Definitely. You know, the tag line of the film is a coming of Arab story and that's a very accurate description of the documentary and also my own process. No one’s really aware of their ethnicity. You don't think, 'Oh, I'm this, or I'm that,' you're just a person... but when others view you a certain way... you're reminded of what you are and where you're from, how we think of you, and then you kind of have to answer to that and think of yourself in a certain way. That process is an interesting metamorphosis. Some people deny it, some people embrace it, and some have complicated relationships with it. I think that kind of identity that is encompassing what a lot of Americans go through. So for me it was kind of an embrace for that identity as an Arab-American and also a letting go of that. And I think that it speaks for itself that the title is American Arab and I think it's okay to have those contradictions, and to embrace it and also let go of it. That's something I am okay with. I hope that’s what people get out of this film. That it's okay to not align yourself with any known identity, it's kind of up to you.
In an earlier interview with us, you said you wanted young people especially to view the film. Who do you hope will see the film and has it changed since you've made the film?
I do want young people to see it. I hope to speak in high schools and colleges. I hope everyone sees it. I mean the film is made for general Americans. I think it's very important for the general American population to get inside the homes and inside the heads of Arab-Americans and see what they're going through. For so long, others have been trying to tell our story, Arabs and Muslims, and we need more of us to tell our own stories, and not apologize and be okay showing who we are. I hope it inspires others.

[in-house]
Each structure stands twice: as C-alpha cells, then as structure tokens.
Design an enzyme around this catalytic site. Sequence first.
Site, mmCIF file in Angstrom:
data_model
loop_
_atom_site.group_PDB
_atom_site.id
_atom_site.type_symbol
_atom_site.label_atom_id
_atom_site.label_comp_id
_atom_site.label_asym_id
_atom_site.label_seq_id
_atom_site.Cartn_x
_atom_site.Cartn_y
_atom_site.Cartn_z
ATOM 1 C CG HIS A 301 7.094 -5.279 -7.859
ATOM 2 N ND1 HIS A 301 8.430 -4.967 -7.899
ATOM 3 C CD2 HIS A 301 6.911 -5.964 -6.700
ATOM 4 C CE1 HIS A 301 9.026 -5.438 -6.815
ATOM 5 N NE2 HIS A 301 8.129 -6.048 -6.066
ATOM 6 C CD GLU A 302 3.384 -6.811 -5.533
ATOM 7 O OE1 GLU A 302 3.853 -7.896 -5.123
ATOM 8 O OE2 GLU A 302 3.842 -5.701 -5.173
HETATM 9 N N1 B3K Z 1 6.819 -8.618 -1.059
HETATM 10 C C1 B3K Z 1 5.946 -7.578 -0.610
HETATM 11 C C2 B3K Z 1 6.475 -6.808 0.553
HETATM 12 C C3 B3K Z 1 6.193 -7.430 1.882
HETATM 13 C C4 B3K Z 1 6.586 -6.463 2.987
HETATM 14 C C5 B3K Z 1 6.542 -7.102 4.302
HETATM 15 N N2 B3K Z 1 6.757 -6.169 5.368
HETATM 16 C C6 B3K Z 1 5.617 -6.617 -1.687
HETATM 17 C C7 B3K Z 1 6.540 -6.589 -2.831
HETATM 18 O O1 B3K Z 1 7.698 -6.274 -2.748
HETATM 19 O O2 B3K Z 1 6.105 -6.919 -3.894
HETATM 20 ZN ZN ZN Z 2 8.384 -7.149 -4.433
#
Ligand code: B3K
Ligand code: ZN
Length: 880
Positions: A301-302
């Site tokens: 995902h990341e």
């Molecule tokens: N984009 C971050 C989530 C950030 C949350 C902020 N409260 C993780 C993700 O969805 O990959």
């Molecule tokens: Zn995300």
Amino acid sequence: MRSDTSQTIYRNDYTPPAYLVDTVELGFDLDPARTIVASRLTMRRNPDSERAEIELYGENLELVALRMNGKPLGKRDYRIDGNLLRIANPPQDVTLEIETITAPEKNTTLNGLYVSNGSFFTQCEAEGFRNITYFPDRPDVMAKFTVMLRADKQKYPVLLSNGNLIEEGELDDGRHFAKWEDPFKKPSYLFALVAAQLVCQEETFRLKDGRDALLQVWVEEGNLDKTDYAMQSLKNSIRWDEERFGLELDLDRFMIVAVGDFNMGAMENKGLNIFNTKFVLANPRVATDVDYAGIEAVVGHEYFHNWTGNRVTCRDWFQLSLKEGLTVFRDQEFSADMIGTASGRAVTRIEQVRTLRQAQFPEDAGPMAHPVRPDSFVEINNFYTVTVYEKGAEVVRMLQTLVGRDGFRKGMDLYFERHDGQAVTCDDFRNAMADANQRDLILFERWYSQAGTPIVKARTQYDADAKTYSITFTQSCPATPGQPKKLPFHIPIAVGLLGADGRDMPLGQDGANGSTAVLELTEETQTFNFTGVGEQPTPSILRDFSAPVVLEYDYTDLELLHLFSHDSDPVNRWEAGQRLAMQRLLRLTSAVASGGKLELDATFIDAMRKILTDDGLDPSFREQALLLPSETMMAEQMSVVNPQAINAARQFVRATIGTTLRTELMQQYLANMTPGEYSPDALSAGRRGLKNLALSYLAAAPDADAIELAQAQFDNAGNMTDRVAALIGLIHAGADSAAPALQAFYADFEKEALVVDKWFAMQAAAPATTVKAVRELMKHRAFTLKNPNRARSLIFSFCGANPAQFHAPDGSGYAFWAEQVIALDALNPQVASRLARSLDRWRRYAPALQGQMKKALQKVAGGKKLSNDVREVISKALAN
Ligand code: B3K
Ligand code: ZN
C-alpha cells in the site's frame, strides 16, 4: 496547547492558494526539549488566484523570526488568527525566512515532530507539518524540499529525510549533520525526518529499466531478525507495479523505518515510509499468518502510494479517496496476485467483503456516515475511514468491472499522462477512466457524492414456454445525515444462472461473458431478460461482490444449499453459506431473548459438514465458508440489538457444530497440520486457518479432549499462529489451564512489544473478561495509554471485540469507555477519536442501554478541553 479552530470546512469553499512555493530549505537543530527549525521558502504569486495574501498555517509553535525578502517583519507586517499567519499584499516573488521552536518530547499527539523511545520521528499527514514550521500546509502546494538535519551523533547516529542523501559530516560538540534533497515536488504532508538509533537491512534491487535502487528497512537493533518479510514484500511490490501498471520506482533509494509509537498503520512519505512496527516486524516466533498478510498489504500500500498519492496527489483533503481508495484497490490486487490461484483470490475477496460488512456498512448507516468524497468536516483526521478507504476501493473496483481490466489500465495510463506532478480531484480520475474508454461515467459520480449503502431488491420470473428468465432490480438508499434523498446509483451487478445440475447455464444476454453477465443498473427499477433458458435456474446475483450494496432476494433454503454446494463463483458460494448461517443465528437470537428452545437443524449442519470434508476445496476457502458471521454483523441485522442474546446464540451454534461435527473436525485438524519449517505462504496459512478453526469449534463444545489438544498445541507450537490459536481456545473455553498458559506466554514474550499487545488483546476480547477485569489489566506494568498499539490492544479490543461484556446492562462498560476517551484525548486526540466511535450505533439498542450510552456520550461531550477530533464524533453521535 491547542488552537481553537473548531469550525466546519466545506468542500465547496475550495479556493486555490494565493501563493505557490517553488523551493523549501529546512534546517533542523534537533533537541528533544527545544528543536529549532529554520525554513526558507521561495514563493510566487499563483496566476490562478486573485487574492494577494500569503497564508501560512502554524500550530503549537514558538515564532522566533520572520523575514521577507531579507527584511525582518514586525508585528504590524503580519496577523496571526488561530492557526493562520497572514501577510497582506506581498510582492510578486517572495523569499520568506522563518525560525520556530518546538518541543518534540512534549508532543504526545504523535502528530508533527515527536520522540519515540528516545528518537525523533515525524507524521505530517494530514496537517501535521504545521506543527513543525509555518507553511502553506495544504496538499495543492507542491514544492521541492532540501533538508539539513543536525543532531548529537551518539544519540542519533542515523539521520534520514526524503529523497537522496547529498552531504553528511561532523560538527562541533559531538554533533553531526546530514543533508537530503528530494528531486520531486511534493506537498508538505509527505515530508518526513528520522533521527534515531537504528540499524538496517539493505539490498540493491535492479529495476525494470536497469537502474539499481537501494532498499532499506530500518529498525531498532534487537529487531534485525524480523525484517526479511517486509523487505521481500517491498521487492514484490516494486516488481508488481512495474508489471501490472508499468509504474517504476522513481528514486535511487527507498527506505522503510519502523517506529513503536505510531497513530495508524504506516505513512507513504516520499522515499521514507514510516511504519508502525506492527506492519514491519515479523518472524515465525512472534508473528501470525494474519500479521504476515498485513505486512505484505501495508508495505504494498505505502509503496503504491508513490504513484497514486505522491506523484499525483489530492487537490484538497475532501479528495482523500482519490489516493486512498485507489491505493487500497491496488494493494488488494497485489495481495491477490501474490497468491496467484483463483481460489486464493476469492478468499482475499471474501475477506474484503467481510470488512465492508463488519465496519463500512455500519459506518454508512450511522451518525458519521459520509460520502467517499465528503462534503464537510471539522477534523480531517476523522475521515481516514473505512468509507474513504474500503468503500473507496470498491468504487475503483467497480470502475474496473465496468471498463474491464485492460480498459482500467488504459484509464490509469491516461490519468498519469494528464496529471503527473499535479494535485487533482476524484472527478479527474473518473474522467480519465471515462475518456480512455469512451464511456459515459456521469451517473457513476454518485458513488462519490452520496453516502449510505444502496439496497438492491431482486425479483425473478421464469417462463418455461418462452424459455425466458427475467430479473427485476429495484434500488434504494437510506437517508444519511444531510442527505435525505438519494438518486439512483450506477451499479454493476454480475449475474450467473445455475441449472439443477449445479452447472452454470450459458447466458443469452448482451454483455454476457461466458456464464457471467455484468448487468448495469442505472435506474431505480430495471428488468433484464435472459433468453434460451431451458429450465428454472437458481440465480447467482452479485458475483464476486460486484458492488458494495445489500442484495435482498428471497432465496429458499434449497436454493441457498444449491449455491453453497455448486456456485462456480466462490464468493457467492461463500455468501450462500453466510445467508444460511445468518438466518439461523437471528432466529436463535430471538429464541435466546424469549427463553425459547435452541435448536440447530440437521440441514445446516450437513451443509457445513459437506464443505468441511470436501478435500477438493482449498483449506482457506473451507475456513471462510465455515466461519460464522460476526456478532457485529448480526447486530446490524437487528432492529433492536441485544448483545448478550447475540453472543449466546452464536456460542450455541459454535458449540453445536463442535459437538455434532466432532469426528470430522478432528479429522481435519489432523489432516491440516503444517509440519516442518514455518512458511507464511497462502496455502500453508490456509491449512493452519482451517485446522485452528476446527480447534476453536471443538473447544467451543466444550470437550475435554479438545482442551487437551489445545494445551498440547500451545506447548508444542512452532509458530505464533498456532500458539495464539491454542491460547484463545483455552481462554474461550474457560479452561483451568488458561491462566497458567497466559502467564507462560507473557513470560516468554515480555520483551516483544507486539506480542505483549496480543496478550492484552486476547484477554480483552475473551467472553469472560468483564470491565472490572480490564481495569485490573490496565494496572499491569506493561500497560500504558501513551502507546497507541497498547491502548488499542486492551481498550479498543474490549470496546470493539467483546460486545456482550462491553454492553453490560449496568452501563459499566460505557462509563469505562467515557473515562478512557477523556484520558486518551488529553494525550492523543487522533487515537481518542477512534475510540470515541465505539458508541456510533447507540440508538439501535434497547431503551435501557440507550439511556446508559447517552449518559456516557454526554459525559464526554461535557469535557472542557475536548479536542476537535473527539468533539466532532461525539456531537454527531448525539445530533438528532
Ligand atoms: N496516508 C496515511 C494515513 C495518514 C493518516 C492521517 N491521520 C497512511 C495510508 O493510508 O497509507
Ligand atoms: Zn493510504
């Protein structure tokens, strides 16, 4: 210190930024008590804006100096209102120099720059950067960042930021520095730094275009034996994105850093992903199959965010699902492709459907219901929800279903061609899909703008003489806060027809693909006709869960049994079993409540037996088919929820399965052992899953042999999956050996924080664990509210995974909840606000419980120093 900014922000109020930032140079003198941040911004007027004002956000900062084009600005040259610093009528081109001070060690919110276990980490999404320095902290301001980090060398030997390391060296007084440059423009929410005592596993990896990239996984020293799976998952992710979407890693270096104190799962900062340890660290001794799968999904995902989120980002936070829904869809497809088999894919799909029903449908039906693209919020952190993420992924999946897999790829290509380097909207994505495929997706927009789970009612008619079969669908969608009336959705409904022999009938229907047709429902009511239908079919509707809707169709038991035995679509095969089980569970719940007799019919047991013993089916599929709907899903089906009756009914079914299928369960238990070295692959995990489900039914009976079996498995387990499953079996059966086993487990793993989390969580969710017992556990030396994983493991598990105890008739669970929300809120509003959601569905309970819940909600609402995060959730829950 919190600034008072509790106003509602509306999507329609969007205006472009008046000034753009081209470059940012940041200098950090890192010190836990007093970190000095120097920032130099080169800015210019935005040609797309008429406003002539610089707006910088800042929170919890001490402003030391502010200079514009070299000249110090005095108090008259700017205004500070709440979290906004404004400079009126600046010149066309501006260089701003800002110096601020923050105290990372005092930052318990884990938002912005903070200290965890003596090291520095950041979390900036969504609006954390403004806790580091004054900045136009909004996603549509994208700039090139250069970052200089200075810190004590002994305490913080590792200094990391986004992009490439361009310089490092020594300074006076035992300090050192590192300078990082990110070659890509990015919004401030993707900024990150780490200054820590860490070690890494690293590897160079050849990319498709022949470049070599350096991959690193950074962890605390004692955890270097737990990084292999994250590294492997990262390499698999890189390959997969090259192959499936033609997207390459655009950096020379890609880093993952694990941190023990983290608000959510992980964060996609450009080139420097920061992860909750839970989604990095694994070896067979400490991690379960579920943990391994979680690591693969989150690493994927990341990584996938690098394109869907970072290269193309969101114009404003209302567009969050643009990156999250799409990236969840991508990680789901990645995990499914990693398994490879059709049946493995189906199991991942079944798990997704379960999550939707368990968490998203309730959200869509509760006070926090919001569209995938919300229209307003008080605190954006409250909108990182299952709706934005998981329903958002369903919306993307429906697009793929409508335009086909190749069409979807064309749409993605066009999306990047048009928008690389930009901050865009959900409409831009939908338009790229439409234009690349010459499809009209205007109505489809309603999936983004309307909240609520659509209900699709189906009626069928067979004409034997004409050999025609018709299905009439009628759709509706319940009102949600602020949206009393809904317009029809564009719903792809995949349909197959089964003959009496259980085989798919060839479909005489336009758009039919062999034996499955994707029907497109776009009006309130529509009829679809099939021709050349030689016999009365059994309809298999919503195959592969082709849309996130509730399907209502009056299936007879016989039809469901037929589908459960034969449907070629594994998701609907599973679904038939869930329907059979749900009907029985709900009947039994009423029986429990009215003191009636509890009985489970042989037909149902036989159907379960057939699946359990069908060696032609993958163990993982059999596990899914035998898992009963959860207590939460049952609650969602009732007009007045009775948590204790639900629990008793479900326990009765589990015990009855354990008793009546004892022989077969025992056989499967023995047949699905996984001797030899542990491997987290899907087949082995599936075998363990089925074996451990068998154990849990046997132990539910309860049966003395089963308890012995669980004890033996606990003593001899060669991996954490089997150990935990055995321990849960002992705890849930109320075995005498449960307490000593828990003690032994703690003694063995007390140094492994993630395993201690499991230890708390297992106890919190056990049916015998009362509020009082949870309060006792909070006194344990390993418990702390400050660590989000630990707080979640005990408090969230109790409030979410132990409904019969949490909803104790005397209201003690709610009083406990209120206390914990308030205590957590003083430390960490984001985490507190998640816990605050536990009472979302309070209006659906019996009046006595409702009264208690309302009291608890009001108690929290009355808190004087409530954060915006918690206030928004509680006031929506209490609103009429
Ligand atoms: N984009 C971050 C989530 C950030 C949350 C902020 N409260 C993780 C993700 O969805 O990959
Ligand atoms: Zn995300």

How do you hope American Arab will affect the people who watch it, or effect change in America?
I think people will see that this is unfortunately a common story, when you look at the internment camps for Japanese Americans in World War II. That was a dark moment, and we look back at it with disdain. If people watch this at least they can sympathize with others that have gone through this. Just to realize the humanity for the people in the film. That racist depictions of Arabs and Muslims and how people talk about Arabs has an effect on society, and has an effect on a young person who's trying to find themselves, and that it is racism and it is bigotry, and there's real consequences for this. And it's time to tell this story, and it's time to have a conversation about this. I hope this film can do that, spark this conversation.
American Arab is hoping to play more US and international festivals in 2014. International rights to the film were sold at IDFA. US rights are still available.